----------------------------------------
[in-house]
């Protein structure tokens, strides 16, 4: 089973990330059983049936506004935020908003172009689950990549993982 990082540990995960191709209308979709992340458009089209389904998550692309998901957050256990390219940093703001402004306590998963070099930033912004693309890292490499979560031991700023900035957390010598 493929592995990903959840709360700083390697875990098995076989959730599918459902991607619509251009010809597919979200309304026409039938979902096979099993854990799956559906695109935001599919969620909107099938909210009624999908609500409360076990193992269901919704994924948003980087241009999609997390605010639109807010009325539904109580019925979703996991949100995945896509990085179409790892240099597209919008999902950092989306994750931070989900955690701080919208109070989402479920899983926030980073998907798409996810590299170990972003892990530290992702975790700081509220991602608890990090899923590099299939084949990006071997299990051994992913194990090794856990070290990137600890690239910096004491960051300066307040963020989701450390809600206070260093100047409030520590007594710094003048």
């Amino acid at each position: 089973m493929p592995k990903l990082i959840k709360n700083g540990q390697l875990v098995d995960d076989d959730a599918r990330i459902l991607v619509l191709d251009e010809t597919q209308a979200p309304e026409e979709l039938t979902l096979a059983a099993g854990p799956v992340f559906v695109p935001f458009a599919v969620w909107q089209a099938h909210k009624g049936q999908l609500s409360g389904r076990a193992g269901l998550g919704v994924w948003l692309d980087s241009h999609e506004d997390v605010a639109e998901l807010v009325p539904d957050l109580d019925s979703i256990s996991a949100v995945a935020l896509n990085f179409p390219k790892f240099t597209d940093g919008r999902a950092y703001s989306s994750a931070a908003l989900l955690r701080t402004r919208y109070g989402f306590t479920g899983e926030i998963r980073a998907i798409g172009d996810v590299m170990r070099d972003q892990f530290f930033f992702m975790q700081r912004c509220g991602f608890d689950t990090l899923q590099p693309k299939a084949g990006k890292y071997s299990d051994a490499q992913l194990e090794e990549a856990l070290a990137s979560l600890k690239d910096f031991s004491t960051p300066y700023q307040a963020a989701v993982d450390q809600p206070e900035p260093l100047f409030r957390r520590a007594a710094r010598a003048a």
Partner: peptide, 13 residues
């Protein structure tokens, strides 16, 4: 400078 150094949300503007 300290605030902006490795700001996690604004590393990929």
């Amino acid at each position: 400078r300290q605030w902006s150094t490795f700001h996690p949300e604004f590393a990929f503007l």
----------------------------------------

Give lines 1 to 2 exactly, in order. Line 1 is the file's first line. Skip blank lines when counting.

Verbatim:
[in-house]
């Protein structure tokens, strides 16, 4: 089973990330059983049936506004935020908003172009689950990549993982 990082540990995960191709209308979709992340458009089209389904998550692309998901957050256990390219940093703001402004306590998963070099930033912004693309890292490499979560031991700023900035957390010598 493929592995990903959840709360700083390697875990098995076989959730599918459902991607619509251009010809597919979200309304026409039938979902096979099993854990799956559906695109935001599919969620909107099938909210009624999908609500409360076990193992269901919704994924948003980087241009999609997390605010639109807010009325539904109580019925979703996991949100995945896509990085179409790892240099597209919008999902950092989306994750931070989900955690701080919208109070989402479920899983926030980073998907798409996810590299170990972003892990530290992702975790700081509220991602608890990090899923590099299939084949990006071997299990051994992913194990090794856990070290990137600890690239910096004491960051300066307040963020989701450390809600206070260093100047409030520590007594710094003048």